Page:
ROME — A fuzzy photo shows the decapitated marble head of an ancient Roman statue; the grainy image is standing in for the gilded sales bills usually displayed in the world’s finest auction houses. There are no certificates of authenticity or patrimony for these artifacts either, just maps with red markings.
This is no ordinary art show.
The maps in question show ancient Roman and Greek tombs that have been pillaged in Libya. These artifacts have been put on the market by Italy’s Calabrian ‘Ndrangheta, who are working with the Neapolitan Camorra criminal gang. The showroom is a Mafia-controlled salami factory in southern Italy.
The photos of the stolen loot were shown to Domenico Quirico, an undercover journalist from La Stampa newspaper who was posing as an art collector. He was working with Italy’s Patrimony Police, who have been trying to break an illicit art-for-weapons ring that has been thriving in southern Italy for months.
The marble head, which dates back to the days of the Roman Empire, is going for just $66,000. Another statue, much larger and much older, dating back to ancient Greek times, is going for more than $1 million, but the dealers told Quirico he could have it for $880,000.
Quirico’s exposé uncovered an elaborate ring that is apparently operating in plain view. The illicit art is brought into Italy on Chinese-flagged cargo ships coming from Sirte to the Calabria port of Gioia Tauro, easily the most dangerous port in the country characterized by a mass of illegally constructed buildings mostly made out of abandoned ship containers. It is here that the ‘Ndrangheta has, for years, run the biggest drug-smuggling business in Europe.
On Monday, Interior Minister Angelino Alfano confirmed La Stampa’s reporting, adding that the Italian government is acutely aware the illegal ring of art-for-arms funds jihadi terrorism in nearby Libya. “We have studied the ‘GDP of terror’ and we know that one of the components is the commercialization of stolen art,” he told reporters. “The stolen artifacts feed ISIS and contribute to the GDP of terror.”
The Italian criminal gangs reportedly acquire the artifacts from jihadi tomb raiders in Libya in exchange for a wide range of weaponry, including Kalashnikov rifles and rocket-propelled grenades that the Camorra have in great supply from a long-standing arms-trafficking racket with Russia, Moldova, and the Ukraine.
The weapons are either smuggled back to Libya on the same container ships or left in Europe to be picked up by foreign fighters here. In September, Italy’s financial police discovered what they called “a veritable arsenal of the Camorra” in a stolen car in an abandoned parking lot in a slummy suburb of Naples. In the trunk, divided among duffel bags, were eight pistols, four sub-machine guns, an assault rifle, and 650 rounds of ammunition along with silencers for the weapons. The serial numbers had been scratched off all the weapons, according to police sources. The car was left unlocked, the weapons apparently ready for pickup by someone who could have easily smuggled them into Northern Europe.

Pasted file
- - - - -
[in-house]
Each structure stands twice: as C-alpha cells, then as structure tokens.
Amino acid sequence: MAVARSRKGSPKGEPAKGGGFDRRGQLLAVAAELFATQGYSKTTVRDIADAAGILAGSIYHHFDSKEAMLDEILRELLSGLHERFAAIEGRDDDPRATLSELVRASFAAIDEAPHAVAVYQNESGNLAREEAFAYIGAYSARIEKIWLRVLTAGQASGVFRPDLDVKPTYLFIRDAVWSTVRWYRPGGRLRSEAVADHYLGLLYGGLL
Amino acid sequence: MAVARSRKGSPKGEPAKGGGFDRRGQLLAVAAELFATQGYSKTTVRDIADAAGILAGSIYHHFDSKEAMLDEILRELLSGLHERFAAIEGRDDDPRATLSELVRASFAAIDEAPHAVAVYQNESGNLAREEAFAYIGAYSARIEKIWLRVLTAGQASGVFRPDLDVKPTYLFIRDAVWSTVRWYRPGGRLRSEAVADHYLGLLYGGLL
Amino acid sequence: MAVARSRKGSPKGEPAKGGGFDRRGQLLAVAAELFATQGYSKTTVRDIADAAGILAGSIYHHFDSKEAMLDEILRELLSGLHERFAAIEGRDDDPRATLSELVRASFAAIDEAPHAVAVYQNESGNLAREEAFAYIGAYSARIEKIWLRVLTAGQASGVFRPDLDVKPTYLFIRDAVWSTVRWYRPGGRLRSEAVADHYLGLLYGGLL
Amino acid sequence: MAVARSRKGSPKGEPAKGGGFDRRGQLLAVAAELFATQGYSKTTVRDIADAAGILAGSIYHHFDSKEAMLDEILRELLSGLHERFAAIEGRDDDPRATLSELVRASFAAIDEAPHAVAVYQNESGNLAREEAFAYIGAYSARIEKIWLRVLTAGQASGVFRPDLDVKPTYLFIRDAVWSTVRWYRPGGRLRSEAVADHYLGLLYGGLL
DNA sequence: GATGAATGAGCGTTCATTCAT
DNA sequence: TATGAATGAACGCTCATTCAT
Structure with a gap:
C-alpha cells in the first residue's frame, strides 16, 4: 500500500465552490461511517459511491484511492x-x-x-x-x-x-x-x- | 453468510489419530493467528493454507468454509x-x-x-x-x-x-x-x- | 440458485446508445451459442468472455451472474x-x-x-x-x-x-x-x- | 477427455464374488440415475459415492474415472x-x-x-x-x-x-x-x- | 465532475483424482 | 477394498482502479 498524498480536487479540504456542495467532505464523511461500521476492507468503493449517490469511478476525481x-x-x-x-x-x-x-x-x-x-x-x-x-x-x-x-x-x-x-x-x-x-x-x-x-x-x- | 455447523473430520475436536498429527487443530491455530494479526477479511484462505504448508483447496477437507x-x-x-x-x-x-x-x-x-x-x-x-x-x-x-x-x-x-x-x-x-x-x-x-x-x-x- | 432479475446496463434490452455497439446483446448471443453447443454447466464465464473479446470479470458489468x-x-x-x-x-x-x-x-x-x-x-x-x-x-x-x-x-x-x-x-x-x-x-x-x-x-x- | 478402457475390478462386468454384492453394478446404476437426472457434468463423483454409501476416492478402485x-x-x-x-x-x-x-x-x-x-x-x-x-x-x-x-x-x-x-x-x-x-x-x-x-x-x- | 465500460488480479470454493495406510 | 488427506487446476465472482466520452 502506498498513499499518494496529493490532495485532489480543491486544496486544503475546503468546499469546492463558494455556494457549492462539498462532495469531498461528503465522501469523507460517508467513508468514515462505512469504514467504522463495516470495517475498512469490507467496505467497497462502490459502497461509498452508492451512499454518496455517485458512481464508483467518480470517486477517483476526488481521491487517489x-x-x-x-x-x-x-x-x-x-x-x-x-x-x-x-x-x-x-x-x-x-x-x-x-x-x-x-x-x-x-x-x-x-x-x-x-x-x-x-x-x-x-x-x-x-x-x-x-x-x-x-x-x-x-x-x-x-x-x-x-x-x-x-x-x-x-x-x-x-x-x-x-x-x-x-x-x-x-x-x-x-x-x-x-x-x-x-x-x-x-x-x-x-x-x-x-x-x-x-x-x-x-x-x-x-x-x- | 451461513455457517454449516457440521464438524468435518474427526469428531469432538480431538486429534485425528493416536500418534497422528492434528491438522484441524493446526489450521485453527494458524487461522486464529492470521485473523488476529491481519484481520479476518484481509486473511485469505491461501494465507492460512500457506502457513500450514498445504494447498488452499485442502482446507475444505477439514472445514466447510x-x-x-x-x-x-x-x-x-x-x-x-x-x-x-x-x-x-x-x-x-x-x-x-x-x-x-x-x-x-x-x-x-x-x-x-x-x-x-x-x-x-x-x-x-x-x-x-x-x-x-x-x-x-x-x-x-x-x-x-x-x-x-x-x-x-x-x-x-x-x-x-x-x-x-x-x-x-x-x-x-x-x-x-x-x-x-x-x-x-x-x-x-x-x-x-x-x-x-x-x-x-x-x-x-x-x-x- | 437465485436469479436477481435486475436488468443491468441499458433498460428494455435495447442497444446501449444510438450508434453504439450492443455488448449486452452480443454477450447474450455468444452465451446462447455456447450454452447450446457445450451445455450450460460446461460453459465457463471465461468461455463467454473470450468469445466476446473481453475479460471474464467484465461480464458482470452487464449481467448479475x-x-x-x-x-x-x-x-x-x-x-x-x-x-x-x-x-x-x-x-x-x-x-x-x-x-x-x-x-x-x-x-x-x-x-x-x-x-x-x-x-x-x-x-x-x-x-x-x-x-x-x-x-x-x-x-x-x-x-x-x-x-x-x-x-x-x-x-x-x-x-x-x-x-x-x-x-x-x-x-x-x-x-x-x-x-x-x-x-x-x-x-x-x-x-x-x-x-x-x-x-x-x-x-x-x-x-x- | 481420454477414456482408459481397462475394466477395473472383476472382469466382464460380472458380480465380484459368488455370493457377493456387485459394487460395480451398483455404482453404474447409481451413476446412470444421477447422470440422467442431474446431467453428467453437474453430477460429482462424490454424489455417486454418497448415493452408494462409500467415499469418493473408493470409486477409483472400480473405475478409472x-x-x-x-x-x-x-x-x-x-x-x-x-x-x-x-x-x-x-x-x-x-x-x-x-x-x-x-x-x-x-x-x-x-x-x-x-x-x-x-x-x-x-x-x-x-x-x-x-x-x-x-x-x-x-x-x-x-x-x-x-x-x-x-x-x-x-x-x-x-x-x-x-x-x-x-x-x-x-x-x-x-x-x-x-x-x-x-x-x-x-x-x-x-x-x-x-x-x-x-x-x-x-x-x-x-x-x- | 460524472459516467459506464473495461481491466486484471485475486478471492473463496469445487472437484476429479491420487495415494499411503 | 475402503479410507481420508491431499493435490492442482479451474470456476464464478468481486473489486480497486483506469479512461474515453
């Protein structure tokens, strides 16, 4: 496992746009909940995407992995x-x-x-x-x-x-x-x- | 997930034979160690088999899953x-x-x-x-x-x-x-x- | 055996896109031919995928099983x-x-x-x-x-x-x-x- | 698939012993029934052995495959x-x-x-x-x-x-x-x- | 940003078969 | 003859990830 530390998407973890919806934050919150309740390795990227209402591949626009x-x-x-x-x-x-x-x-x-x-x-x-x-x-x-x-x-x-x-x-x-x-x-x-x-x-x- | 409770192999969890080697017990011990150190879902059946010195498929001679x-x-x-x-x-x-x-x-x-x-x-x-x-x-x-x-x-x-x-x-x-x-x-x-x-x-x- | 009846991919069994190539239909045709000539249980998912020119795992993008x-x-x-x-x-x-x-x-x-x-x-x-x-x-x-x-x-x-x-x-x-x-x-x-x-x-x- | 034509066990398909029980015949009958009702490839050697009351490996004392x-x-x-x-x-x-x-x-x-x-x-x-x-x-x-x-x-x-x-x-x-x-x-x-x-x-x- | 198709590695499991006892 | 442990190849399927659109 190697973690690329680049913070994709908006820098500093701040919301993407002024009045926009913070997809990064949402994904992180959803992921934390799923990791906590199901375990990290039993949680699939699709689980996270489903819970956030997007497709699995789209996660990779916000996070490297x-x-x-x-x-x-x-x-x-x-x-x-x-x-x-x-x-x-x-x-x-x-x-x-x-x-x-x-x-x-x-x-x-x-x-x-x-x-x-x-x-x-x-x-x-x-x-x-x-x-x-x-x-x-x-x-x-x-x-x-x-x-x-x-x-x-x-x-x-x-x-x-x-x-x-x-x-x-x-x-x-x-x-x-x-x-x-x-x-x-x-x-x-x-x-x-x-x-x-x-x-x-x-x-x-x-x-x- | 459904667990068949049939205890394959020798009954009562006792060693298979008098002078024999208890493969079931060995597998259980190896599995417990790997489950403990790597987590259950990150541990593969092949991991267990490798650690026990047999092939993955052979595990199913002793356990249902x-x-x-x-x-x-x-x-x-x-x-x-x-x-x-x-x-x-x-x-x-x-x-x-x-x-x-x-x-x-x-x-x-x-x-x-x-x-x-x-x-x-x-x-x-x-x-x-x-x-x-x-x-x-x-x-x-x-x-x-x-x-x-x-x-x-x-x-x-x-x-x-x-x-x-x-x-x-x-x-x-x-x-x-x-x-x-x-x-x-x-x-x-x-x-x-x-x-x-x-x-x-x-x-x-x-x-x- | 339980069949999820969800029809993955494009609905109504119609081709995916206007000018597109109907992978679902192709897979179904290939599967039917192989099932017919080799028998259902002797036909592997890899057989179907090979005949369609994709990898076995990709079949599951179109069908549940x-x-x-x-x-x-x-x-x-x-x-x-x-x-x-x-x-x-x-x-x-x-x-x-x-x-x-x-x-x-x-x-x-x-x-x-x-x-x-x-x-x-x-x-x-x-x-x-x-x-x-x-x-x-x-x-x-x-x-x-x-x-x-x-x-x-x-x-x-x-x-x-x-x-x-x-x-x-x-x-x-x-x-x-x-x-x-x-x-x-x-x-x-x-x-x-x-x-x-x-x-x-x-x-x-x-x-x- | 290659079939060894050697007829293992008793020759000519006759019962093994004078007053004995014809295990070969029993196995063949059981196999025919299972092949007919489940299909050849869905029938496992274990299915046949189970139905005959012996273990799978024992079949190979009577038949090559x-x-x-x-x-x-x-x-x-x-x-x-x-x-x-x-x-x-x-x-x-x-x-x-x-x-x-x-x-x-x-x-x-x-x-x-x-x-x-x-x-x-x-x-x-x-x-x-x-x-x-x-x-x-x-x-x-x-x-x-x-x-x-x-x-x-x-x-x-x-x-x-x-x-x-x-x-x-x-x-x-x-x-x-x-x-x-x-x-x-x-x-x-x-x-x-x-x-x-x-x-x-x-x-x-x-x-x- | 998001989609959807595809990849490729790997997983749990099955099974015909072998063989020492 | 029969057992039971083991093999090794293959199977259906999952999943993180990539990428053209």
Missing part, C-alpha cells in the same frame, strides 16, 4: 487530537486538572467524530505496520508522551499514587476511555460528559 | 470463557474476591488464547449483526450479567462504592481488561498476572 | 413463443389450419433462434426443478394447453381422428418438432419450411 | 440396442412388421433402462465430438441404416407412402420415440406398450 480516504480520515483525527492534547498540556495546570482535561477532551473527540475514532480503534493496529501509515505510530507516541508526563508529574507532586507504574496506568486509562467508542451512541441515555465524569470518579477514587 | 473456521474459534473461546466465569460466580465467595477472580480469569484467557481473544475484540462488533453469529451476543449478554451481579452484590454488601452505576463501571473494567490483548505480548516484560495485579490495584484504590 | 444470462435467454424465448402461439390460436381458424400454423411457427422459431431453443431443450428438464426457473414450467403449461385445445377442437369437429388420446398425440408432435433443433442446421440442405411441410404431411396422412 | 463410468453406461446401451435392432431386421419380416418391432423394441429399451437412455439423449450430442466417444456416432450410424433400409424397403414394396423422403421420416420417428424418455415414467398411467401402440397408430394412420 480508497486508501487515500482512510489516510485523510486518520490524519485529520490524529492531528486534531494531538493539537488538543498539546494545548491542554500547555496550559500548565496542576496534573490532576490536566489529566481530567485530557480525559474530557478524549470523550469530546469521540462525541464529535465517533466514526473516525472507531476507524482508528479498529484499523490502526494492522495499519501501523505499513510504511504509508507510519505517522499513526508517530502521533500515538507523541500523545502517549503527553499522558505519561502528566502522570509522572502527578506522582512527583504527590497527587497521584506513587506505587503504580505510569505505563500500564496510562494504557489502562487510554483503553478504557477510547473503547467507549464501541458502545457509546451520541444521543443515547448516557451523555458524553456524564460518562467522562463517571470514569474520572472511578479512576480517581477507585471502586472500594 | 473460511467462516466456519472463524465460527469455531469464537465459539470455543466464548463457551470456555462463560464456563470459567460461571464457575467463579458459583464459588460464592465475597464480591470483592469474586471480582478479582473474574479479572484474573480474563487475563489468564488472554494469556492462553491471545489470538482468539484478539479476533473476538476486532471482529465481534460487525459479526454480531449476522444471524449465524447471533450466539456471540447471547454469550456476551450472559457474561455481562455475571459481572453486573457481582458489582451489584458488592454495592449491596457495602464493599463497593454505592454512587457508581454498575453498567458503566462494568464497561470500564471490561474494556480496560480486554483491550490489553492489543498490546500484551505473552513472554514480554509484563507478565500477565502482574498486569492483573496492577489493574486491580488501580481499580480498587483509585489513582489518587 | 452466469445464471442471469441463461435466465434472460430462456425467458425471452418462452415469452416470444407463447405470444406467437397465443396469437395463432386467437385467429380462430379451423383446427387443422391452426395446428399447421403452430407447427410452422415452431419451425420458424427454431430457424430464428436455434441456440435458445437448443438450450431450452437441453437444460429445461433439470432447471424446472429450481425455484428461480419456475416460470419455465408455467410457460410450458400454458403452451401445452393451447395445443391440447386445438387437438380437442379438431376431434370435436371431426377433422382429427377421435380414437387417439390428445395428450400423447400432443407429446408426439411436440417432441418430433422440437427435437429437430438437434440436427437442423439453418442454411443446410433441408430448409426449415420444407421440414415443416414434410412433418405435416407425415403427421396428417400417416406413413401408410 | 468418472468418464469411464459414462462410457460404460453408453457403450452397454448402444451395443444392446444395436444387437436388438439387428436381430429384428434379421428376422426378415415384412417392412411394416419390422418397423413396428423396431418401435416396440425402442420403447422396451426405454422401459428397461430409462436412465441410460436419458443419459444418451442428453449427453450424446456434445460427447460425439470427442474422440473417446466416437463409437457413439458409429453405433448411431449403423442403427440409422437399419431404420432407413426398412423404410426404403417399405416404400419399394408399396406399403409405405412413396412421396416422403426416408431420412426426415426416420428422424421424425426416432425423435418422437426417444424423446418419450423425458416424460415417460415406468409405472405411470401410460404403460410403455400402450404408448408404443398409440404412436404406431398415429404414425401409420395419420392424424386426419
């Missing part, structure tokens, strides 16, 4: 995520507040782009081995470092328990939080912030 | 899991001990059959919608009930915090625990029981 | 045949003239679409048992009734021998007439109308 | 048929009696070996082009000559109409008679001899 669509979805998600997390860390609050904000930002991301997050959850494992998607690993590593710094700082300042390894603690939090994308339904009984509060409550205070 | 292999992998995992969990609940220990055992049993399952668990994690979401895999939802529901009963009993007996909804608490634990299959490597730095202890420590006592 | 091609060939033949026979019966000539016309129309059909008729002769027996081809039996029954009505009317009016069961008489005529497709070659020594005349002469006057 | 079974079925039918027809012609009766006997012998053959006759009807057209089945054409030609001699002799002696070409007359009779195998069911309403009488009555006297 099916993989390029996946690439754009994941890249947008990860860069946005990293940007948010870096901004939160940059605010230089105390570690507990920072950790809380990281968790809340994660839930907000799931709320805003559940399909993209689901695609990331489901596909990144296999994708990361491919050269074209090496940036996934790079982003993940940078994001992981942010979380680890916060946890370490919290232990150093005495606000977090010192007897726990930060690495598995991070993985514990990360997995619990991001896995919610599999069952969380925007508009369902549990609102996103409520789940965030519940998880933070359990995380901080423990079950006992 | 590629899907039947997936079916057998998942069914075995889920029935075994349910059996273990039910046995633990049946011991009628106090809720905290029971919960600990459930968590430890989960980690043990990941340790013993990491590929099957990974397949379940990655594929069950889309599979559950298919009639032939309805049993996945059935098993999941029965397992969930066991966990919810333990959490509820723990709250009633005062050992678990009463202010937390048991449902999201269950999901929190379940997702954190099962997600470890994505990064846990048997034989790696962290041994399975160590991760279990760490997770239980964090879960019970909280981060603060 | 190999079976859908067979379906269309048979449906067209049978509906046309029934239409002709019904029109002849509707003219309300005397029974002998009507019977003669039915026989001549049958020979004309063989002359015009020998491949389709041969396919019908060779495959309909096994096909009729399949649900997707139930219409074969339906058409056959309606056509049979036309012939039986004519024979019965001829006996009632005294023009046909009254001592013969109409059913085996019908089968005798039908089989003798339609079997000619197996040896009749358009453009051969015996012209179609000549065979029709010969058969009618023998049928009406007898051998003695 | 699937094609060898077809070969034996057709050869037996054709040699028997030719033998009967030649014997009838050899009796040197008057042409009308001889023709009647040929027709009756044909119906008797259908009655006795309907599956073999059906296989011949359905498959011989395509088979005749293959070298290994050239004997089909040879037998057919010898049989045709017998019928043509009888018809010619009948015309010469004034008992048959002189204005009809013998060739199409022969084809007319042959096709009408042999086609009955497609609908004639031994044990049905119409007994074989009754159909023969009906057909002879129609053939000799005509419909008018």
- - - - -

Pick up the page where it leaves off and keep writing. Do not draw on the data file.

Once the art-for-weapons exchange is made, the artifacts are sold on the black market to art collectors who don’t care about provenance. According to Italy’s patrimony police, the bulk of the loot stolen from Libya ends up in private collections in Russia, China, and Japan. Quirico was told that if he didn’t buy the marble statue head, it would go to someone in the United Arab Emirates who had been looking for just such a piece. He was also told that “a famous American actor” had sent someone snooping around for some Greek or Roman artifacts for under $50,000, that they hadn’t found yet.
It is no secret that ISIS has been in the illegal-artifact business for years. Loot pillaged from Iraq and Syria often ends up on the black market.
Last April, Vitaly Churkin, Russia’s ambassador to the United Nations, warned the UN Security Council that the trafficking of illegal ancient artifacts was funding terrorism. “Around 100,000 cultural objects of global importance, including 4,500 archaeological sites… are under the control of the Islamic State... in Syria and Iraq,” Churkin wrote. “The profit derived by the Islamists from the illicit trade in antiquities and archaeological treasures is estimated at US$150-200 million per year.” Those treasures were trafficked through Turkey and sold directly to private collectors.
Now it is clear that the illicit trade also extends to Libya, where the Italian gangs have been trying to make inroads into the lucrative terror-supply business for years and where, according to La Stampa, special militias in Libya have enslaved local archeologists to do the digging and dirty work for them at all five of Libya’s UNESCO World Heritage sites.
According to art historian and journalist Luca Nannipieri, whose book The Art of Terror was released in Italy last week, much of the looted art sold by the self-declared Islamic State ends up in museums, universities, and foundations after it has been effectively “laundered” and given false provenance documents that allow it to legally enter the mainstream market.
Nannipieri spent two years following the trail of several antiquities known to come from sites under ISIS control. “The market finances a network of smugglers, profiteers, and tomb raiders linked to Islamist fundamentalism in Iraq, Syria, Libya, and Egypt,” he says. He also found evidence that some ancient tombs in Tuscany and Lazio have ended up in the hands of ISIS smugglers who have connections in Italy.
“It is said that beauty will save the world,” he said. “That is false. Beauty and art are often the reason for murders, destruction, oppression, and devastation.”